Africa Urgently Needs to Develop Market Entry Strategies if it is to Play In the International Cannabis Game
Prohibition Partners and the ACA Group
14 December 2022 at 06:00:00
The Global Cannabis Report 2022 says there’s been significant investment and growth in the African cannabis market, but unless governments put the right regulatory frameworks in place, they risk losing out on the economic benefits that other countries are enjoying.
The African medical cannabis and industrial hemp industries have seen significant growth and development over the course of 2021 and 2022. Countries such as South Africa, Lesotho, Zimbabwe, Uganda and Malawi have seen an increase in licence issuance, exports and investments in the industry.
South Africa has been the headline driver of growth in Africa, with President Cyril Ramaphosa again highlighting cannabis and hemp as being priority growth sectors for the South African economy at his State of the Nation address in February 2022, stating his goal of creating over 130,000 sustainable cannabis and industrial hemp jobs in South Africa. This follows a similar focus on these industries in his 2019 State of the Nation address.
Other countries such as Zimbabwe and Malawi have shifted gear, with more proactive steps being taken to drive economic growth in the cannabis and industrial hemp industries, mainly focusing on industrial hemp to replace declining tobacco exports.
Although momentum has been encouraging, the pace of progress in Africa has been notably slower than in other legal jurisdictions, potentially jeopardising an opportunity for Africa to establish a leading and sustainable position in the industry. Africa benefits from a favourable growing climate, competitive cultivation input costs and a rich history of traditional cannabis growing communities similar to those in South America. However, South America’s cannabis industry growth significantly outpaces that of Africa.
With Africa, alongside other emerging economies feeling the brunt of the economic impact from COVID-19 and inflation, there is an urgent need for governments to identify and quickly realise those sectors that could help improve the economic outlook across the continent. Medical cannabis and industrial hemp continue to be key focal industries for revived growth.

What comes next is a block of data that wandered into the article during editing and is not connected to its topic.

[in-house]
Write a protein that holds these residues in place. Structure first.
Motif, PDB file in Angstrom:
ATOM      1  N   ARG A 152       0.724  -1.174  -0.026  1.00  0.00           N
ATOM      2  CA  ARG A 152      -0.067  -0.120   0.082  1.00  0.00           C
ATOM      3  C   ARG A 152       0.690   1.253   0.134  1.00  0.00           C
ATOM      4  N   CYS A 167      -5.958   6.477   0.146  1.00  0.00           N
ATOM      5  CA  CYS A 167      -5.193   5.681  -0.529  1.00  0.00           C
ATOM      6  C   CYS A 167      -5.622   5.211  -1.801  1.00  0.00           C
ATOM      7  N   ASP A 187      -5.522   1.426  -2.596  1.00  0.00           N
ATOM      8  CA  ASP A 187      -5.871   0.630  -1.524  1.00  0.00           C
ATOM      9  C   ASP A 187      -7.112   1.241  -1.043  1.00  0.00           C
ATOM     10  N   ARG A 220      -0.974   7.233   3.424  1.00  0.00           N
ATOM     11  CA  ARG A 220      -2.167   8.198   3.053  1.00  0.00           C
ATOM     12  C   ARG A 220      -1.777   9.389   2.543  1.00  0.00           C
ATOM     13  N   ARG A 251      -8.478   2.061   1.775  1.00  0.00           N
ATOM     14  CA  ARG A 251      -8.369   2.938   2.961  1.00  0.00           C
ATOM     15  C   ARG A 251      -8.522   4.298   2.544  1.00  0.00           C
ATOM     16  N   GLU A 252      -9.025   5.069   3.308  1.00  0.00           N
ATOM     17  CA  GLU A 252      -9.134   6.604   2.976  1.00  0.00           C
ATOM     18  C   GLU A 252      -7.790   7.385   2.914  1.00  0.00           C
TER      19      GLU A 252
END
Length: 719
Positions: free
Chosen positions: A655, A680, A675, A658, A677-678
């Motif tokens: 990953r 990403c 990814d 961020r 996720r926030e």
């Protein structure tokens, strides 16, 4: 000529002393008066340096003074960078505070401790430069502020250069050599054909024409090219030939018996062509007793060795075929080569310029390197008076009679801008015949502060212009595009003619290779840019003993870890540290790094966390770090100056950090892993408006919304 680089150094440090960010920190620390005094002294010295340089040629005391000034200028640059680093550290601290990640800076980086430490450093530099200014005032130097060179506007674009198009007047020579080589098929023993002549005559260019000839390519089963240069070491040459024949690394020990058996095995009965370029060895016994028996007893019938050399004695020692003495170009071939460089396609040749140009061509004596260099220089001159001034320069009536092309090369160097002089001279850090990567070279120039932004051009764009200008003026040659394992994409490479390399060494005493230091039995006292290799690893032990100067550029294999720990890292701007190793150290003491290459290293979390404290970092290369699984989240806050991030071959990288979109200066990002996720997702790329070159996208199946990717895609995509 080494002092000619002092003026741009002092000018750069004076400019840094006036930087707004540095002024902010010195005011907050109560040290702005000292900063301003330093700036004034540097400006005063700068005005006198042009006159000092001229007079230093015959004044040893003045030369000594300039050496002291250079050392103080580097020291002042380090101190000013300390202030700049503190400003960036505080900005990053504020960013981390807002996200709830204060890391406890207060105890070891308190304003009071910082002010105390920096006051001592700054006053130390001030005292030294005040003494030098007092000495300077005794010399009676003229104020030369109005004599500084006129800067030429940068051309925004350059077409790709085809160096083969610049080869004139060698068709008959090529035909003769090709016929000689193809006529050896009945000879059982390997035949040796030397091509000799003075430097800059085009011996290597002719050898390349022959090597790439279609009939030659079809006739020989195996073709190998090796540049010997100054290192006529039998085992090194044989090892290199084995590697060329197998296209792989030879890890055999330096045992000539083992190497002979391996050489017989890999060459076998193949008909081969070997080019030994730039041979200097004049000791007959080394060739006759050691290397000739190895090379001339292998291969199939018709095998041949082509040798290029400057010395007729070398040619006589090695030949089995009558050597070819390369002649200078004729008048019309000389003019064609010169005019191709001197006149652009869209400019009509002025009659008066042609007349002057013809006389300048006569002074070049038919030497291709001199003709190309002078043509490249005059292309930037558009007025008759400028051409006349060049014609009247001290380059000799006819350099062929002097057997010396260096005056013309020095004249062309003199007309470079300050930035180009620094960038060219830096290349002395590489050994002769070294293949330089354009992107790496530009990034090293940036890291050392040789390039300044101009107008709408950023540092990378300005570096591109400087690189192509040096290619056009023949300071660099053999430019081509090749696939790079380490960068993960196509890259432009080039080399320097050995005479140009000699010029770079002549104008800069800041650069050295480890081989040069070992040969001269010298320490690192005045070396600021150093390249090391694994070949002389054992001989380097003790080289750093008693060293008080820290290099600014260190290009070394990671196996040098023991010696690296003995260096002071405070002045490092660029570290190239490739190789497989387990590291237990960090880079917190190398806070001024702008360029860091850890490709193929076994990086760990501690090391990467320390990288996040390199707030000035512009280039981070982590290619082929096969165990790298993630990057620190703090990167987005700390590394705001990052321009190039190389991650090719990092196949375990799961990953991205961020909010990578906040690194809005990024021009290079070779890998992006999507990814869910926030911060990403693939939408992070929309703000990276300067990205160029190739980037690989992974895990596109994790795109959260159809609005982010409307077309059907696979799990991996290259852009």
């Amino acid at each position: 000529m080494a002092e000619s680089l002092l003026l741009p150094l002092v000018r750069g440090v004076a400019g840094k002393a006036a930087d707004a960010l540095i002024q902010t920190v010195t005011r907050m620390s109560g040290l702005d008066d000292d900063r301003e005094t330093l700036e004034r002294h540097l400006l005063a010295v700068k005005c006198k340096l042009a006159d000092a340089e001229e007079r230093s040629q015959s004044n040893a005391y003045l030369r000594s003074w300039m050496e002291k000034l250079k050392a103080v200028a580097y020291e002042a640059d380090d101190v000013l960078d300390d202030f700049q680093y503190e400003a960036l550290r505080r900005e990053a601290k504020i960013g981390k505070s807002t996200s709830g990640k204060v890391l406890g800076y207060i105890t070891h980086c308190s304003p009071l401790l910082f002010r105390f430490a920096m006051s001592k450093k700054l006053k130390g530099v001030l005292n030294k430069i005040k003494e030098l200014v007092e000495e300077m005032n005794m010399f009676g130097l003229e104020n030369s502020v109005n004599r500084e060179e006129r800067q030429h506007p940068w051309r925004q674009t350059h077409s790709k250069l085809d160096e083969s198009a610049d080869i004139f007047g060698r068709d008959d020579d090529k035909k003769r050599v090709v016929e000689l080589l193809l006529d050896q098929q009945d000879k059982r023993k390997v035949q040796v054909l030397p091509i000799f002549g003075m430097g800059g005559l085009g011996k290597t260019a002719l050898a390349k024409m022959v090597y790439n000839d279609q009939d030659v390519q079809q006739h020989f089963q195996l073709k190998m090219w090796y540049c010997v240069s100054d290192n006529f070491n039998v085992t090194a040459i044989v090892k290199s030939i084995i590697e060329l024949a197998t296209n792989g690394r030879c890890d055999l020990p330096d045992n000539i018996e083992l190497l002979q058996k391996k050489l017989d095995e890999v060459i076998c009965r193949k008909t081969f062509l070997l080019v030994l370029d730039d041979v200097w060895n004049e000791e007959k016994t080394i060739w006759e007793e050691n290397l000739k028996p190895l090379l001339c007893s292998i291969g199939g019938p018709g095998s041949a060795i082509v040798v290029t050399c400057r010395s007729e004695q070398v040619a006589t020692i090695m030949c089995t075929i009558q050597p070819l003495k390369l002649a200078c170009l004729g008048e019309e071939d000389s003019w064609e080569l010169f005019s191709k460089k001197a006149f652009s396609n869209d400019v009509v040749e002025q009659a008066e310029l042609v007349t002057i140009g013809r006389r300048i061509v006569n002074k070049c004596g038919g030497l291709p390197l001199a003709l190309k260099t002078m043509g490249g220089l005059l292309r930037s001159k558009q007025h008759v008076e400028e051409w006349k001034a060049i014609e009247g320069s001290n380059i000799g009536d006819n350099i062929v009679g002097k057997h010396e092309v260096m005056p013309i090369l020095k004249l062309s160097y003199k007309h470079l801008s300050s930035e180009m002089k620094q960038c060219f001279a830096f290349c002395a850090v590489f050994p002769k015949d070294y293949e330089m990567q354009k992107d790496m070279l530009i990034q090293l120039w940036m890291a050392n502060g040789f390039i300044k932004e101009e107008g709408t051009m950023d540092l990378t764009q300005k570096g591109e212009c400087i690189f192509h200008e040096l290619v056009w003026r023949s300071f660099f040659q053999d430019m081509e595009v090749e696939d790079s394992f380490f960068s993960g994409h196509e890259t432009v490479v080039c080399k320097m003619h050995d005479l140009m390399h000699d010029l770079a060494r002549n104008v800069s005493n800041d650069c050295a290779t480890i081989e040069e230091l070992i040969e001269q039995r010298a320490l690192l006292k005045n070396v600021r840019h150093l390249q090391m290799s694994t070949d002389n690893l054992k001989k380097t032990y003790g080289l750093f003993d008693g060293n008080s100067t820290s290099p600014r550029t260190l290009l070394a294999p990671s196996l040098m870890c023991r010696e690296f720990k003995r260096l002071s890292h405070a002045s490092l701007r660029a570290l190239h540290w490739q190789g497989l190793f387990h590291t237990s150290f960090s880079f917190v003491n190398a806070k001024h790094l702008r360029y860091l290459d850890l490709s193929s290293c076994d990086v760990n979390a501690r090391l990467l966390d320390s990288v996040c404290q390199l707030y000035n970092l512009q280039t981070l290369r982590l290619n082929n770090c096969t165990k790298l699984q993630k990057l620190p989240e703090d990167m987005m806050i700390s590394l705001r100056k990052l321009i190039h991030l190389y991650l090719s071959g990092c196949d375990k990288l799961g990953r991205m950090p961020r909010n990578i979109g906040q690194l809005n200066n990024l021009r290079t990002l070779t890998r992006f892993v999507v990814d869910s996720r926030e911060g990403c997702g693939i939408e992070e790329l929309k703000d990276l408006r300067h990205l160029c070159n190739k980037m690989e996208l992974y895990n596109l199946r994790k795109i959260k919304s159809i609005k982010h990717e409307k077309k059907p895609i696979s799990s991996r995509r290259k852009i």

This is also true of many nations outside of Africa, some of whom will be competing with African countries for a market share of import markets like; Germany, Australia and Israel. In 2021, 17 countries exported to Germany and over the past few years around 11 markets have successfully made shipments to Israel.
The likes of South Africa, Lesotho and Uganda are amongst these exporters, and they are competing with regions such as Colombia, Uruguay and Mediterranean countries who are also offering low-cost medical cannabis.
This highlights the need for considered market entry strategies, public private partnerships, accommodative legislation and brand differentiation from African operators, in order to compete.
Southern Africa continues to be the centre of cannabis and industrial hemp activity in Africa, with Lesotho, Zimbabwe and South Africa being the major hubs of industry development on the continent.
Due to South Africa having a mature over-the-counter cannabidiol (CBD) market since 2019, South Africa is the largest domestic market in Africa by value.
Unlike other legal cannabis jurisdictions, Africa has very few registered medical cannabis patients. South Africa is the largest patient market, estimated to have less than 1,000 registered patients. Other African countries that have legalised the domestic use of cannabis for medicinal purposes include, Zimbabwe and Rwanda. However, further work still needs to be done to finalise domestic frameworks for medical cannabis patients for these countries to begin actively prescribing cannabis.